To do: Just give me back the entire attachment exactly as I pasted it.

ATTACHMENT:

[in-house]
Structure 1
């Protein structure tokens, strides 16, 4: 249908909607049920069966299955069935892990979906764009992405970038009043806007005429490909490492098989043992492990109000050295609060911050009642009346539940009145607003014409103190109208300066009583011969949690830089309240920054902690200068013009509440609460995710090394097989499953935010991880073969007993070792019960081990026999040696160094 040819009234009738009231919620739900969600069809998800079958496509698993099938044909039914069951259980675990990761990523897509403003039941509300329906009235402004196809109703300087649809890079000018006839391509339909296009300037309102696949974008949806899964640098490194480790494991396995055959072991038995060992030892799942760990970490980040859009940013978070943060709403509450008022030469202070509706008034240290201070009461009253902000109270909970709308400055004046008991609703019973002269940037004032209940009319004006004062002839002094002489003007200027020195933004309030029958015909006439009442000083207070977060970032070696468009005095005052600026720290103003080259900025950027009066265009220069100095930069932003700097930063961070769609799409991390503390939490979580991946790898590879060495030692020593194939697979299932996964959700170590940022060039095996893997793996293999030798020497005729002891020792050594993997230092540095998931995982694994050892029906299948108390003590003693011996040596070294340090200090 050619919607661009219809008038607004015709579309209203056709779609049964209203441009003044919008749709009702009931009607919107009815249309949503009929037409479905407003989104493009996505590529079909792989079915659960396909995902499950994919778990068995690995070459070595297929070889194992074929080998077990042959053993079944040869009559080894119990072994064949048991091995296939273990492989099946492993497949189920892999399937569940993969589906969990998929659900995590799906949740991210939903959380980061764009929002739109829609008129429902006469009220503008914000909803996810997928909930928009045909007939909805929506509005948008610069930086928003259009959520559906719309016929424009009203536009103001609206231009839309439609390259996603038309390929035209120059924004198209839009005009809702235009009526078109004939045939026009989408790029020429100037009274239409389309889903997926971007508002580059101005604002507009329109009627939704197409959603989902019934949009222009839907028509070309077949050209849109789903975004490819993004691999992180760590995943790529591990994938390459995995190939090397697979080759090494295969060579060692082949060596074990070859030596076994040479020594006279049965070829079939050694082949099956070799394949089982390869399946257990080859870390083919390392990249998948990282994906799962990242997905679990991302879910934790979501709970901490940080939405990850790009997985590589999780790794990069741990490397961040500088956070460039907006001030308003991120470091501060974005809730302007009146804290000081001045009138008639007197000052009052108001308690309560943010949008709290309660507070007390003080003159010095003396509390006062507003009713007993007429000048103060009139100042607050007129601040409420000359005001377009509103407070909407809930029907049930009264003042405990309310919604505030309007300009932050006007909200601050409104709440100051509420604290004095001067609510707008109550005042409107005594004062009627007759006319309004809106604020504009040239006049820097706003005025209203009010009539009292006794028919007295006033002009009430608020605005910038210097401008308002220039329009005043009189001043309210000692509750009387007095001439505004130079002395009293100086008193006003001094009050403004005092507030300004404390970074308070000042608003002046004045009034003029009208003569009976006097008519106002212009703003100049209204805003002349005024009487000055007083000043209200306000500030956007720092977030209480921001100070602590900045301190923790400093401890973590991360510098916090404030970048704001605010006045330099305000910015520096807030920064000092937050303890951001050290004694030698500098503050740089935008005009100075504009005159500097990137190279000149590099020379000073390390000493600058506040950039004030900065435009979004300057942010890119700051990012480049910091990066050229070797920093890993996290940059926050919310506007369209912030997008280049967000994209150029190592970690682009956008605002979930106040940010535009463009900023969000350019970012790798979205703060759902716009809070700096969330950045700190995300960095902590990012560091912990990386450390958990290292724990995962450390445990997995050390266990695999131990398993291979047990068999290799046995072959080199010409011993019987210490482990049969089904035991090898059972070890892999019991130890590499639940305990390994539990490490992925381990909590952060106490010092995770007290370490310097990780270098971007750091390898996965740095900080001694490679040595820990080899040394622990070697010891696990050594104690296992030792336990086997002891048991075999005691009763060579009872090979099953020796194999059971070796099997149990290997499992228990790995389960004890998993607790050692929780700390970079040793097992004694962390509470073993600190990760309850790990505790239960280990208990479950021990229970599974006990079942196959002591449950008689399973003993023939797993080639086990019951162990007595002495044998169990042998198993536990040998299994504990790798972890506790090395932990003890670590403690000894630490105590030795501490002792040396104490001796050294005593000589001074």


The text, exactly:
[in-house]
Structure 1
């Protein structure tokens, strides 16, 4: 249908909607049920069966299955069935892990979906764009992405970038009043806007005429490909490492098989043992492990109000050295609060911050009642009346539940009145607003014409103190109208300066009583011969949690830089309240920054902690200068013009509440609460995710090394097989499953935010991880073969007993070792019960081990026999040696160094 040819009234009738009231919620739900969600069809998800079958496509698993099938044909039914069951259980675990990761990523897509403003039941509300329906009235402004196809109703300087649809890079000018006839391509339909296009300037309102696949974008949806899964640098490194480790494991396995055959072991038995060992030892799942760990970490980040859009940013978070943060709403509450008022030469202070509706008034240290201070009461009253902000109270909970709308400055004046008991609703019973002269940037004032209940009319004006004062002839002094002489003007200027020195933004309030029958015909006439009442000083207070977060970032070696468009005095005052600026720290103003080259900025950027009066265009220069100095930069932003700097930063961070769609799409991390503390939490979580991946790898590879060495030692020593194939697979299932996964959700170590940022060039095996893997793996293999030798020497005729002891020792050594993997230092540095998931995982694994050892029906299948108390003590003693011996040596070294340090200090 050619919607661009219809008038607004015709579309209203056709779609049964209203441009003044919008749709009702009931009607919107009815249309949503009929037409479905407003989104493009996505590529079909792989079915659960396909995902499950994919778990068995690995070459070595297929070889194992074929080998077990042959053993079944040869009559080894119990072994064949048991091995296939273990492989099946492993497949189920892999399937569940993969589906969990998929659900995590799906949740991210939903959380980061764009929002739109829609008129429902006469009220503008914000909803996810997928909930928009045909007939909805929506509005948008610069930086928003259009959520559906719309016929424009009203536009103001609206231009839309439609390259996603038309390929035209120059924004198209839009005009809702235009009526078109004939045939026009989408790029020429100037009274239409389309889903997926971007508002580059101005604002507009329109009627939704197409959603989902019934949009222009839907028509070309077949050209849109789903975004490819993004691999992180760590995943790529591990994938390459995995190939090397697979080759090494295969060579060692082949060596074990070859030596076994040479020594006279049965070829079939050694082949099956070799394949089982390869399946257990080859870390083919390392990249998948990282994906799962990242997905679990991302879910934790979501709970901490940080939405990850790009997985590589999780790794990069741990490397961040500088956070460039907006001030308003991120470091501060974005809730302007009146804290000081001045009138008639007197000052009052108001308690309560943010949008709290309660507070007390003080003159010095003396509390006062507003009713007993007429000048103060009139100042607050007129601040409420000359005001377009509103407070909407809930029907049930009264003042405990309310919604505030309007300009932050006007909200601050409104709440100051509420604290004095001067609510707008109550005042409107005594004062009627007759006319309004809106604020504009040239006049820097706003005025209203009010009539009292006794028919007295006033002009009430608020605005910038210097401008308002220039329009005043009189001043309210000692509750009387007095001439505004130079002395009293100086008193006003001094009050403004005092507030300004404390970074308070000042608003002046004045009034003029009208003569009976006097008519106002212009703003100049209204805003002349005024009487000055007083000043209200306000500030956007720092977030209480921001100070602590900045301190923790400093401890973590991360510098916090404030970048704001605010006045330099305000910015520096807030920064000092937050303890951001050290004694030698500098503050740089935008005009100075504009005159500097990137190279000149590099020379000073390390000493600058506040950039004030900065435009979004300057942010890119700051990012480049910091990066050229070797920093890993996290940059926050919310506007369209912030997008280049967000994209150029190592970690682009956008605002979930106040940010535009463009900023969000350019970012790798979205703060759902716009809070700096969330950045700190995300960095902590990012560091912990990386450390958990290292724990995962450390445990997995050390266990695999131990398993291979047990068999290799046995072959080199010409011993019987210490482990049969089904035991090898059972070890892999019991130890590499639940305990390994539990490490992925381990909590952060106490010092995770007290370490310097990780270098971007750091390898996965740095900080001694490679040595820990080899040394622990070697010891696990050594104690296992030792336990086997002891048991075999005691009763060579009872090979099953020796194999059971070796099997149990290997499992228990790995389960004890998993607790050692929780700390970079040793097992004694962390509470073993600190990760309850790990505790239960280990208990479950021990229970599974006990079942196959002591449950008689399973003993023939797993080639086990019951162990007595002495044998169990042998198993536990040998299994504990790798972890506790090395932990003890670590403690000894630490105590030795501490002792040396104490001796050294005593000589001074």